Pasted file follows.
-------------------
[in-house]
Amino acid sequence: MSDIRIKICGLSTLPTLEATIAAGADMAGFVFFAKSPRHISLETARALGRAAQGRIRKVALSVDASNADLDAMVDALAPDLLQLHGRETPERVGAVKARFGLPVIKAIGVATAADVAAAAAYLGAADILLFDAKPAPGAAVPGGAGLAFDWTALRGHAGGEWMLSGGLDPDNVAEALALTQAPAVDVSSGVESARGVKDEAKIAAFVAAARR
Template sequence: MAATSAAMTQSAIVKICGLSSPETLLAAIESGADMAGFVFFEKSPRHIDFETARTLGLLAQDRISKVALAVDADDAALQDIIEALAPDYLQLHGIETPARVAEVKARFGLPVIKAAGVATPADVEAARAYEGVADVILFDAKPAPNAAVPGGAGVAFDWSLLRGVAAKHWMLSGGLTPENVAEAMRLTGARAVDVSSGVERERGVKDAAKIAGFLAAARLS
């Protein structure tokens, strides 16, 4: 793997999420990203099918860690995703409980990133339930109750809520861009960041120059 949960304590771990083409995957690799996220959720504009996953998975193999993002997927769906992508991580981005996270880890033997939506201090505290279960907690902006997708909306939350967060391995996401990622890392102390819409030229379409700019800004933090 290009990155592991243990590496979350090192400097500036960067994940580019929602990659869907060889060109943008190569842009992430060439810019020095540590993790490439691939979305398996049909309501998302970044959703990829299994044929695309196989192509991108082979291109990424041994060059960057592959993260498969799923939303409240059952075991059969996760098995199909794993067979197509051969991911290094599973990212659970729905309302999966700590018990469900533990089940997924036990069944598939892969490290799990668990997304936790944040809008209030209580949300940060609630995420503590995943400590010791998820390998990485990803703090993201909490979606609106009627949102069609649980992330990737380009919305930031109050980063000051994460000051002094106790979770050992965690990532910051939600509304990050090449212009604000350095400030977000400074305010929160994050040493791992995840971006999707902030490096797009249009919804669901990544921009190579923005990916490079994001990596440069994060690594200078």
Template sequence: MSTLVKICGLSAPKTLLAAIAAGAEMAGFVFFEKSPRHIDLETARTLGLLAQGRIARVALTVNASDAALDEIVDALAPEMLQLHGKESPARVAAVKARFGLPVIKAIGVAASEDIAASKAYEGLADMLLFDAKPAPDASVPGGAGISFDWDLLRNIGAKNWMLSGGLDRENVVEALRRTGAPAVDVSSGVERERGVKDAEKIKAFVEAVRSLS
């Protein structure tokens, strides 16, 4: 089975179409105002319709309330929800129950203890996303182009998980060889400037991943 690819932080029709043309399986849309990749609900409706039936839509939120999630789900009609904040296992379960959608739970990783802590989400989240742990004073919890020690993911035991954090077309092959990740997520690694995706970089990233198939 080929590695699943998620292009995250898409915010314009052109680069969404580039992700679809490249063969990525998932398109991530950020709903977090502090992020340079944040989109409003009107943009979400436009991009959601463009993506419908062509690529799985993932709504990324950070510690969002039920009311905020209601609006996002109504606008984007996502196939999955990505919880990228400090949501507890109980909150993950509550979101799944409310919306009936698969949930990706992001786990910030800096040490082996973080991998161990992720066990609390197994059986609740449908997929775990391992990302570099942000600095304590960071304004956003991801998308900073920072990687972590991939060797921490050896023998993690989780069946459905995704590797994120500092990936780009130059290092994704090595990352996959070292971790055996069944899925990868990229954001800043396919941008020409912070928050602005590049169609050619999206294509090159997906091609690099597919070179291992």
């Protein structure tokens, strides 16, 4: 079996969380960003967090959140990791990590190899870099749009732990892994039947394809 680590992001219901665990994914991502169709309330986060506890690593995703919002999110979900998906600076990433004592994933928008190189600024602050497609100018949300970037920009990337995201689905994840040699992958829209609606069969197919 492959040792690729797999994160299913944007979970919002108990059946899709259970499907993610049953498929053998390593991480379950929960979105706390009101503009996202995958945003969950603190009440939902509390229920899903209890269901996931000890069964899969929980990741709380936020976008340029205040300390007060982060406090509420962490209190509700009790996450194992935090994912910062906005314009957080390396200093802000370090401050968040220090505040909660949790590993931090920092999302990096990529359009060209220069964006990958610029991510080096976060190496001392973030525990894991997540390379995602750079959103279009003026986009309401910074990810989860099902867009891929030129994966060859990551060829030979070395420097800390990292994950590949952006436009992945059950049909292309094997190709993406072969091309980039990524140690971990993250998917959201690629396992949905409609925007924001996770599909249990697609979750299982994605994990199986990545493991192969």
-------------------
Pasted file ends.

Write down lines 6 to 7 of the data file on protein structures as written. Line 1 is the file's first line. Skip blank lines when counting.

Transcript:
């Protein structure tokens, strides 16, 4: 089975179409105002319709309330929800129950203890996303182009998980060889400037991943 690819932080029709043309399986849309990749609900409706039936839509939120999630789900009609904040296992379960959608739970990783802590989400989240742990004073919890020690993911035991954090077309092959990740997520690694995706970089990233198939 080929590695699943998620292009995250898409915010314009052109680069969404580039992700679809490249063969990525998932398109991530950020709903977090502090992020340079944040989109409003009107943009979400436009991009959601463009993506419908062509690529799985993932709504990324950070510690969002039920009311905020209601609006996002109504606008984007996502196939999955990505919880990228400090949501507890109980909150993950509550979101799944409310919306009936698969949930990706992001786990910030800096040490082996973080991998161990992720066990609390197994059986609740449908997929775990391992990302570099942000600095304590960071304004956003991801998308900073920072990687972590991939060797921490050896023998993690989780069946459905995704590797994120500092990936780009130059290092994704090595990352996959070292971790055996069944899925990868990229954001800043396919941008020409912070928050602005590049169609050619999206294509090159997906091609690099597919070179291992």
């Protein structure tokens, strides 16, 4: 079996969380960003967090959140990791990590190899870099749009732990892994039947394809 680590992001219901665990994914991502169709309330986060506890690593995703919002999110979900998906600076990433004592994933928008190189600024602050497609100018949300970037920009990337995201689905994840040699992958829209609606069969197919 492959040792690729797999994160299913944007979970919002108990059946899709259970499907993610049953498929053998390593991480379950929960979105706390009101503009996202995958945003969950603190009440939902509390229920899903209890269901996931000890069964899969929980990741709380936020976008340029205040300390007060982060406090509420962490209190509700009790996450194992935090994912910062906005314009957080390396200093802000370090401050968040220090505040909660949790590993931090920092999302990096990529359009060209220069964006990958610029991510080096976060190496001392973030525990894991997540390379995602750079959103279009003026986009309401910074990810989860099902867009891929030129994966060859990551060829030979070395420097800390990292994950590949952006436009992945059950049909292309094997190709993406072969091309980039990524140690971990993250998917959201690629396992949905409609925007924001996770599909249990697609979750299982994605994990199986990545493991192969």